This acclaimed gospel singer and pastor has sung for presidents, a pope and even Mother Teresa, but it was the small moments in his life that made the big difference.
Posted in , Jun 27, 2016
Moments of destiny. A rendezvous with fate that you could not possibly orchestrate on your own. A door will open, a path made clear, and God’s best for you will be within your grasp. I’m sure you’ve all had them. Let me tell you about a few from my life.
As a kid I wanted to be a great singer, a rock star with gold records and stadiums full of fans. What took a while was figuring out just what my voice could do. Or not do.
At first I tried to be the next Little Richard. I practiced until I had the songs and the moves down. I unveiled them at a school talent show, wailing at the top of my lungs. The next morning I could barely speak. A doctor said I’d damaged my voice, maybe permanently. After a week of silence my singing voice returned, but my screaming days were over.
Time for a new role model. The year I turned 15, Sly and the Family Stone were coming to Montreal, where I lived. They’d been showstoppers the year before at Woodstock, and their latest single, “Thank You (Falettinme Be Mice Elf Agin)” was number one on the charts. I was a huge fan.
The show was sold out. Desperate, I called the Montreal Forum press office, lowering my voice an octave, saying that I was a reporter and wanted to write about Sly. “Yes, sir,” they said, “you’re welcome to come backstage.”
With two cameras dangling from my neck, I waited with members of the press outside the VIP entrance before the show. A limo pulled up. The guy who staggered out looked nothing like a rock star. Who was this frail, disoriented man held up by bodyguards? They practically carried him inside.
Later I read about Sly’s drug issues. I’d always assumed that money, influence and adulation ensured happiness. Now I wasn’t so certain. Maybe singing gospel was a wiser path. The question remained, though: What was I supposed to sound like?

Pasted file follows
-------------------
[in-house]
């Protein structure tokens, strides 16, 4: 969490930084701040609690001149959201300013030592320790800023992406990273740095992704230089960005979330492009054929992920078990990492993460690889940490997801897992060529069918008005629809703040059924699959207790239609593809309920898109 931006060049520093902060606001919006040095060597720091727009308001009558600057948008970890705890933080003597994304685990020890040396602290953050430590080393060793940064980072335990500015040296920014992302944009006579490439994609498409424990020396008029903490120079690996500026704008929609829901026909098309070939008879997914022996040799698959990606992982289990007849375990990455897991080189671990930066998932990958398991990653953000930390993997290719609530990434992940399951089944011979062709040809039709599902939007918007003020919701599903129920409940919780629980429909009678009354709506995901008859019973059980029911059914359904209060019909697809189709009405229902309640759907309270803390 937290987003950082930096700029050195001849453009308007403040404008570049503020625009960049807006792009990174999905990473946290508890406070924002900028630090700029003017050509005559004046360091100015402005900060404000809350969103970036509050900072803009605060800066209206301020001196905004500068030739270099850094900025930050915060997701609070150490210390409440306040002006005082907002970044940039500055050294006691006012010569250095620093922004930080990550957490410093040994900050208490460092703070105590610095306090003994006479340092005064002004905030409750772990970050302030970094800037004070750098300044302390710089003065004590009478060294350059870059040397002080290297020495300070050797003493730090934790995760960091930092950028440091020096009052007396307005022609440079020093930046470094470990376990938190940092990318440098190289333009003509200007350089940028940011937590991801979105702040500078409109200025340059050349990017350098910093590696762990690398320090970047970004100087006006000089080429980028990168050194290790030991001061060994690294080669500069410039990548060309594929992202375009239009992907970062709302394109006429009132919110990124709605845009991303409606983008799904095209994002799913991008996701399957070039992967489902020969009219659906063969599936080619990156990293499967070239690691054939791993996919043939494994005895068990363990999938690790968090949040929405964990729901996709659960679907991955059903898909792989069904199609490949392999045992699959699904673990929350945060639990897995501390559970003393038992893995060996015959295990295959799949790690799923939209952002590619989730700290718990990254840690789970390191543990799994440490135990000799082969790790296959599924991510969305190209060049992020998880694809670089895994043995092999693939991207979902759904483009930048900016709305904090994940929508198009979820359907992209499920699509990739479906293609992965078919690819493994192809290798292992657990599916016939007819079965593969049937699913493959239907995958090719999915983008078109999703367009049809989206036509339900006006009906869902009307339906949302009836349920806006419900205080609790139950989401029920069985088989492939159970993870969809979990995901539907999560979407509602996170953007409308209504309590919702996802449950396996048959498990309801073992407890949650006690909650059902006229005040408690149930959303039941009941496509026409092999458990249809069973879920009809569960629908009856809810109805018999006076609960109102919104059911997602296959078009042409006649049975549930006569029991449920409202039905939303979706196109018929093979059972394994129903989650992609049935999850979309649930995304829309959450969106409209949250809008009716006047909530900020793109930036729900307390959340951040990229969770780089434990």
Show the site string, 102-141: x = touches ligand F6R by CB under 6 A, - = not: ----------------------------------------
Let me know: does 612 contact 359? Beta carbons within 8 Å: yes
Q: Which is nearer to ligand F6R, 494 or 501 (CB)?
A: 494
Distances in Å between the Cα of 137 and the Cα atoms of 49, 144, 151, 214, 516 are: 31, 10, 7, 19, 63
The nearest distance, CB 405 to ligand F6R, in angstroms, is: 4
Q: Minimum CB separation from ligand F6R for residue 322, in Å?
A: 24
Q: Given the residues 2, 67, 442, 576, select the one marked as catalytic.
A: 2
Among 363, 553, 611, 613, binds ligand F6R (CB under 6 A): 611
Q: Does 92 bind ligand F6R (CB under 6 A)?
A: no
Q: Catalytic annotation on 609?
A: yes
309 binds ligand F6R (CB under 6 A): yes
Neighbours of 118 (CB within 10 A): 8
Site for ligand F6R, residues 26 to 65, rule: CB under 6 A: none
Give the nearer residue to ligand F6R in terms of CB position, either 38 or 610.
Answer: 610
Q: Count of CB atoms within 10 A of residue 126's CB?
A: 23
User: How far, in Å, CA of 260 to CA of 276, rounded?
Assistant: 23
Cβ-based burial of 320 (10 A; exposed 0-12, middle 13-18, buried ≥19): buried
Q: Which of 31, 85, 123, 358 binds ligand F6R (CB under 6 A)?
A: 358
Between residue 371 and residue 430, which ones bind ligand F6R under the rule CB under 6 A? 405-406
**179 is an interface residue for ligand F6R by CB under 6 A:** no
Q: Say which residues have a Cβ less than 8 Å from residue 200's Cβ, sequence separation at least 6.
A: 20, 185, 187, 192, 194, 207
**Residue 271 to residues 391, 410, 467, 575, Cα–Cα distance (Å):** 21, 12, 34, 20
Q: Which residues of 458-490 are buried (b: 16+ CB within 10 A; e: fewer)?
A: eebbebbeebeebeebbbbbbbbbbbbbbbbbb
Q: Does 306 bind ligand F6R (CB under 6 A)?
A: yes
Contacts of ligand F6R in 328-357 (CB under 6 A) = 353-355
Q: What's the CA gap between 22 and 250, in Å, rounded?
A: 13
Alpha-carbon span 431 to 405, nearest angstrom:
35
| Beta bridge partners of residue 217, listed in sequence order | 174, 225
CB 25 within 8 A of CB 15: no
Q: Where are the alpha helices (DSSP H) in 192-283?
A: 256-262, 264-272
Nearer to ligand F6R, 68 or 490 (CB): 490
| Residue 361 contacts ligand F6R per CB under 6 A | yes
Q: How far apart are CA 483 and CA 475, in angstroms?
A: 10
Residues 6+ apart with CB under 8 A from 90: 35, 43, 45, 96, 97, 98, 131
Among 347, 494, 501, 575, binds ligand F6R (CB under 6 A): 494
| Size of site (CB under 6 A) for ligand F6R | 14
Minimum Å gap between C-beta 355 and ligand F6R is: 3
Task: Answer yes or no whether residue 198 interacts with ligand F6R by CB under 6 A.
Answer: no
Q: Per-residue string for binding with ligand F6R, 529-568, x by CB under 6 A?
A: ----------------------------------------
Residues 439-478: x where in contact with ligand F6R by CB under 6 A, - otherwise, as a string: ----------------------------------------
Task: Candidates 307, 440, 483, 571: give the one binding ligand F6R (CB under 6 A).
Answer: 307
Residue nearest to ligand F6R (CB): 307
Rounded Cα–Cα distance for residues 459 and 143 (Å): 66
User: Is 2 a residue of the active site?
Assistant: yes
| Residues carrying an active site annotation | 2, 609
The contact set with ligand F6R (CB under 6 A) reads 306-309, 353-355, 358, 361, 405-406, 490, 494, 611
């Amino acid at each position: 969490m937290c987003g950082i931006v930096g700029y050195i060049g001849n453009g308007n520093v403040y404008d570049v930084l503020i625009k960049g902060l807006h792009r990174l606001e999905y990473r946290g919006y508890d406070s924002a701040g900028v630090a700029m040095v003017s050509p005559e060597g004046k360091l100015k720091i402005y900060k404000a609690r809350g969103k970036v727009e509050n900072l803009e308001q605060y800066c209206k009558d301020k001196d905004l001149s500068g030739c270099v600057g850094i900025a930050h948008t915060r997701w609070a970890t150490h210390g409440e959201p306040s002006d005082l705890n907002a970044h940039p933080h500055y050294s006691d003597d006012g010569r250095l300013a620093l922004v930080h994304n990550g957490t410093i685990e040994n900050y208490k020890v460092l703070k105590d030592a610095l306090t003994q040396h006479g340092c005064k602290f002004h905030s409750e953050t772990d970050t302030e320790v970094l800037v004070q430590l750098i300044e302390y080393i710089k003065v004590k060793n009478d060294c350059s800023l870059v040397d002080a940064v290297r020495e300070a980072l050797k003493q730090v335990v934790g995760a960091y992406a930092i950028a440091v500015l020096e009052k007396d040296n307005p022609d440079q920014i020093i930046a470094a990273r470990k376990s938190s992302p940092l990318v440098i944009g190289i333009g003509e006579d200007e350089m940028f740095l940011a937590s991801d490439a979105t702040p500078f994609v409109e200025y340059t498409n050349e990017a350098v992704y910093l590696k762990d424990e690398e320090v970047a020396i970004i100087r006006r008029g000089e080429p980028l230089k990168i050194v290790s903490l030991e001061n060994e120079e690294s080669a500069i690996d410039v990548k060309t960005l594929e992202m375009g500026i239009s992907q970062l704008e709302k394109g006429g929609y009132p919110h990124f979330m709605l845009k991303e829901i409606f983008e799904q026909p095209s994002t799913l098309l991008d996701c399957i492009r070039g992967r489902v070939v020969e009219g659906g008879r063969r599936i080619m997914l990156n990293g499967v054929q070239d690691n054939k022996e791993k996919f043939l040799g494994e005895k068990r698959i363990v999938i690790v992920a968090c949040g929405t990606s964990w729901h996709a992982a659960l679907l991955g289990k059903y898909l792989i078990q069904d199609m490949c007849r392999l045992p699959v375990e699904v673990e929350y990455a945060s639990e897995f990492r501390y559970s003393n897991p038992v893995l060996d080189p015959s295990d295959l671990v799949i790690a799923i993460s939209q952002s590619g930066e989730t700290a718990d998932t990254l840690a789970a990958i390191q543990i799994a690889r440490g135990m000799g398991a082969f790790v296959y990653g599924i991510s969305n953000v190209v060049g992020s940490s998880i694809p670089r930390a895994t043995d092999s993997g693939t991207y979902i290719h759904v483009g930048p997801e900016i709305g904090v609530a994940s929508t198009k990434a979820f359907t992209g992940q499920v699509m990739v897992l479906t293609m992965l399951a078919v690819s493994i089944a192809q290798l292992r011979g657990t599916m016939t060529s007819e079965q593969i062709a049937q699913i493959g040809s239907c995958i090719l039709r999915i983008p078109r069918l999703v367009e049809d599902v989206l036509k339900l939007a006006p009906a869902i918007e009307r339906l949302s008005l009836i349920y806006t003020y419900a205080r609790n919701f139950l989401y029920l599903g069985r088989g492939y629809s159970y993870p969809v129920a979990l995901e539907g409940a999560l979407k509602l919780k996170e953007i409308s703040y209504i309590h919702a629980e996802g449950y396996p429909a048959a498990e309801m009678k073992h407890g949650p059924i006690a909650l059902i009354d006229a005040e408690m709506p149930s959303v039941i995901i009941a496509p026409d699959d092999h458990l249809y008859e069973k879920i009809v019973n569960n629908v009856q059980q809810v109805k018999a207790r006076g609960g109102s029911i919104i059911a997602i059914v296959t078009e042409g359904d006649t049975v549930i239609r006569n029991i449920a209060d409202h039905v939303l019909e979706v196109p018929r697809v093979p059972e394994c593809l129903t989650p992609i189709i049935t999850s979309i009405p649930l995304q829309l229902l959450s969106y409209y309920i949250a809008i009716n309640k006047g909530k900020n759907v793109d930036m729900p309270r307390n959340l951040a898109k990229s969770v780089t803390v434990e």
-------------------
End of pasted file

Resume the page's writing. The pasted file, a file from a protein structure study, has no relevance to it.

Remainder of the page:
You’ll probably think someone from church helped me find my voice. No, it was someone I heard on the radio in the top 10. His technique was flawless, his baritone riveting. Not long ago my wife and I had a chance to see him perform in Las Vegas. Even in his seventies, his voice was commanding.
So I mimicked his breath control, his phrasing, the way he would hold a note for a long time and then break into a vibrato, and applied it to gospel.
Once I took a master class with a famous operatic bass. After listening to me sing he said, “I don’t know how you learned what you learned, but it’s good and you shouldn’t mess with it.” He would have been shocked to find out whose voice I’d modeled mine on....
At the end of the concert in Vegas I went backstage. This time, I didn’t have to pretend to be a reporter. I walked into Tom Jones’s dressing room, belting out, “It’s not unusual to be loved by anyone,” sounding, well, just like him.
There were also moments when my path crossed someone else’s that changed both of us. I’ll give you examples of two people, one world famous and the other one famous to me.
In my early days, I performed at an event at the Baltimore Civic Center. Afterward a young woman approached me. She was a reporter on a local television show and my performance had touched her. “Would you be able to spare a few minutes?” she asked.
She said she wasn’t fulfilled doing what she was doing and was looking for something different, but she wasn’t sure what. “God is going to bless you,” I said, “and give you an opportunity to speak to millions.” I don’t know where that prediction came from—definitely not from me. It just popped out!
“Really?” she asked. “Do you think God would do that for me?”